fantasy religious beliefs are incorporated into laws of the land, it affects non believers eg eating pork, killing cows etc, with religious ‘mob justice’ leading to murder

            As a Pastafarian, my religion is ridiculed on a daily basis, even though we believe it is billions of years old and that the Universe and the 5000+ religions on this planet and others were created by our Creator who eisted before Time began. But we do not go around insulting or killing people if our beliefs are made fun of, nor do we insist on laws being passed in line with our beliefs or faith.

            It is therfore important to be able to ridicule all ideas , including virgin births, eating the body of a human, heaven, hell, paradise. We must be able to challenge ideas, whether through humour or otherwise for our race to progress.
            Killing people because of eg fictitious property rights is not the answer.

            As a Pastafarian retard, I see someone on a low horse as much higher than me, as we are often considered the lowest of the low.

            Finally I must say I enjoy most of your articles very much and hope to continue to do so. Let us not let personal emotions based on beliefs or faith come between us as individuals .


            1. May I as a Pastafarian also humbly request that rather than tear down mosques and build more temples as you suggested, please consider building free hospitals instead, for all earning under say 200,000 rupees a year .
              Of course that is subject to the Courts approving the destruction of the buildings.
              This can also be extended to all churches in the country, as the Portuguese/British Christian hordes probably destroyed temples too.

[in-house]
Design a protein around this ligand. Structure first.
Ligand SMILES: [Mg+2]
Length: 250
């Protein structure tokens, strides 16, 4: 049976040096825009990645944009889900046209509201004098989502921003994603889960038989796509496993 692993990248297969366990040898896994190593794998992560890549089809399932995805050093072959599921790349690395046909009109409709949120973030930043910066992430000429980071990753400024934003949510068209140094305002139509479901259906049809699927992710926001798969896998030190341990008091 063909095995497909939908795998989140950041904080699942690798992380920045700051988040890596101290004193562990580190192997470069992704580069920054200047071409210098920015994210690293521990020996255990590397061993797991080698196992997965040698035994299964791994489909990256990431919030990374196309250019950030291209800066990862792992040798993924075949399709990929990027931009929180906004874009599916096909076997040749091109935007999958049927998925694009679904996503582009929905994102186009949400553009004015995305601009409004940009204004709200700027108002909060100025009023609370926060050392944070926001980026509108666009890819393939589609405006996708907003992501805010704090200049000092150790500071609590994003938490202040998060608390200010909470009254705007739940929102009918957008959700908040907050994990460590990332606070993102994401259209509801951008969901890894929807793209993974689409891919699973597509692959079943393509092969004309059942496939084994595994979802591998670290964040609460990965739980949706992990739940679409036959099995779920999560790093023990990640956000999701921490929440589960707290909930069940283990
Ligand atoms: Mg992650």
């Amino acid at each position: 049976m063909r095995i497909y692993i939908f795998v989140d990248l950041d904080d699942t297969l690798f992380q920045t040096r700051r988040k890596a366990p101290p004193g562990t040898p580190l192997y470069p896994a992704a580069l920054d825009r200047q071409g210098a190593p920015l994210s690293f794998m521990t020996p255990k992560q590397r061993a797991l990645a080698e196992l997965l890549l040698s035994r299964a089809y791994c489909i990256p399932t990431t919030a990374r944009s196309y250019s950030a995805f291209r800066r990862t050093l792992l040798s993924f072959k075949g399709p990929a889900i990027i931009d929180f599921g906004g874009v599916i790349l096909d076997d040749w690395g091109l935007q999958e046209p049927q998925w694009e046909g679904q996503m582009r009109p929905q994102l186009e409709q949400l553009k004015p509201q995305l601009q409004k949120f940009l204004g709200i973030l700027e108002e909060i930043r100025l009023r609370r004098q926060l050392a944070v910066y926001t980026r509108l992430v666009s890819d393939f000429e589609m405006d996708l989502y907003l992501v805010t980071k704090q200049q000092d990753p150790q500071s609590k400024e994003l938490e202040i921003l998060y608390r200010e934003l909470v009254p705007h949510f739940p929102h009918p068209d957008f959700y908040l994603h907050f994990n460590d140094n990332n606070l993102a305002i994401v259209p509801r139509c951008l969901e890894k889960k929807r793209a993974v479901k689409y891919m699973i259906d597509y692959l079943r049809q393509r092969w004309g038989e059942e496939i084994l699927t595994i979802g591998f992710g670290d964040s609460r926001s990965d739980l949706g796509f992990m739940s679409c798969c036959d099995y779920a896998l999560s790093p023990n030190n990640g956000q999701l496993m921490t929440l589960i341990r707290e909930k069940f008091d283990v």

2. … request that rather than tear down mosques and build more temples as you suggested, please consider building free hospitals instead,

              Too bad, Mr WJG, that you were not around to advise the Islamic hordes who destroyed 1000s of temples — they’d have build free hosiptals instead if only you’d been around. But since you were not there, they went about destroying other people’s property. And now it is time for the descendants of the rightful owners of that property to reclaim them.

              You still have a role to play, as a grand advisor. Please give advice to those who spend their money (note the word “their”) to build mosques and tell them to build hospitals instead. I’ll be eagerly waiting to hear how that works out.

              And finally, not just mosques that were built after destroying temples, even churches that were built by the European invaders should also be reclaimed. It’s a small matter of property rights — which I am sure you will understand.


            3. I find it curious that you are constantly bitching about Hindu beliefs. Why do you give the Islamic and Christian insanity a pass? Why do you insist that the Hindu prohibition against eating beef to be such an outrage and not the Islamic prohibition against pork? Why is human sacrific ok (Christianity)?

              Sure Pastafarianism is ancient. (In fact, the prophet of the FSM Chruch wrote to me in the ancient past. Here’s a bit from that email: “I’m working on a new section of the site – “what the experts are saying”. So if you’d be willing, and since you have a PHD, I’d like to get a quote from you that I can put up on the page (I will not post your email address, and let me know if you’d like to [xxxxx] out your name).”)

              And yes, I don’t take things personally nor do I gratutitously shoot at people. I criticize ideas, since ideas are my stock in trade.


    1. However that may be, people believe that Krishna was born to Devaki and was raised by a foster mother Yashoda, and that he grew up as a cowherd, ran around the neighborhood stealing butter, etc etc. The cutest story in my opinion is the one in which a neighbor complains to his mother about some stolen butter. Yashoda grabs Krishna and insists that he open his mouth to check if he’d eaten stolen butter. He opens his mouth, and inside his mouth she sees all of creation.

      It’s all stories and some of them are beautiful.

      Liked by 1 person